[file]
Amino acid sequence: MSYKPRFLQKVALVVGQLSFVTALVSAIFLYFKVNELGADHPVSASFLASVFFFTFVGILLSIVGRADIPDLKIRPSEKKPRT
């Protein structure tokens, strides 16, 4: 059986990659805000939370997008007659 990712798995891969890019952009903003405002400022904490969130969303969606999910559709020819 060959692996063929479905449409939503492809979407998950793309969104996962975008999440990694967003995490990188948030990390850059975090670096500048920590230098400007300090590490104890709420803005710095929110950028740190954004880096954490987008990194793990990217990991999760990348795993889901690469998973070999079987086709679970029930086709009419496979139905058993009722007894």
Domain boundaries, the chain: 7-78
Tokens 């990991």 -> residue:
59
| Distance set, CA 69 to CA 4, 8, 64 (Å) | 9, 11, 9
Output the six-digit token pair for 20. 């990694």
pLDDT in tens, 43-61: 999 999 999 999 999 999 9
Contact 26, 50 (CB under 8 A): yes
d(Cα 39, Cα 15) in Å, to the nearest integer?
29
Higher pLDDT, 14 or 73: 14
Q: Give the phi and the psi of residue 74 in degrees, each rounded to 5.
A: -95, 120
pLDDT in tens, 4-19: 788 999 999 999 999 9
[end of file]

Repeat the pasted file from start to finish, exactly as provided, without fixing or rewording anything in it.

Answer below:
Amino acid sequence: MSYKPRFLQKVALVVGQLSFVTALVSAIFLYFKVNELGADHPVSASFLASVFFFTFVGILLSIVGRADIPDLKIRPSEKKPRT
């Protein structure tokens, strides 16, 4: 059986990659805000939370997008007659 990712798995891969890019952009903003405002400022904490969130969303969606999910559709020819 060959692996063929479905449409939503492809979407998950793309969104996962975008999440990694967003995490990188948030990390850059975090670096500048920590230098400007300090590490104890709420803005710095929110950028740190954004880096954490987008990194793990990217990991999760990348795993889901690469998973070999079987086709679970029930086709009419496979139905058993009722007894």
Domain boundaries, the chain: 7-78
Tokens 């990991």 -> residue:
59
| Distance set, CA 69 to CA 4, 8, 64 (Å) | 9, 11, 9
Output the six-digit token pair for 20. 């990694």
pLDDT in tens, 43-61: 999 999 999 999 999 999 9
Contact 26, 50 (CB under 8 A): yes
d(Cα 39, Cα 15) in Å, to the nearest integer?
29
Higher pLDDT, 14 or 73: 14
Q: Give the phi and the psi of residue 74 in degrees, each rounded to 5.
A: -95, 120
pLDDT in tens, 4-19: 788 999 999 999 999 9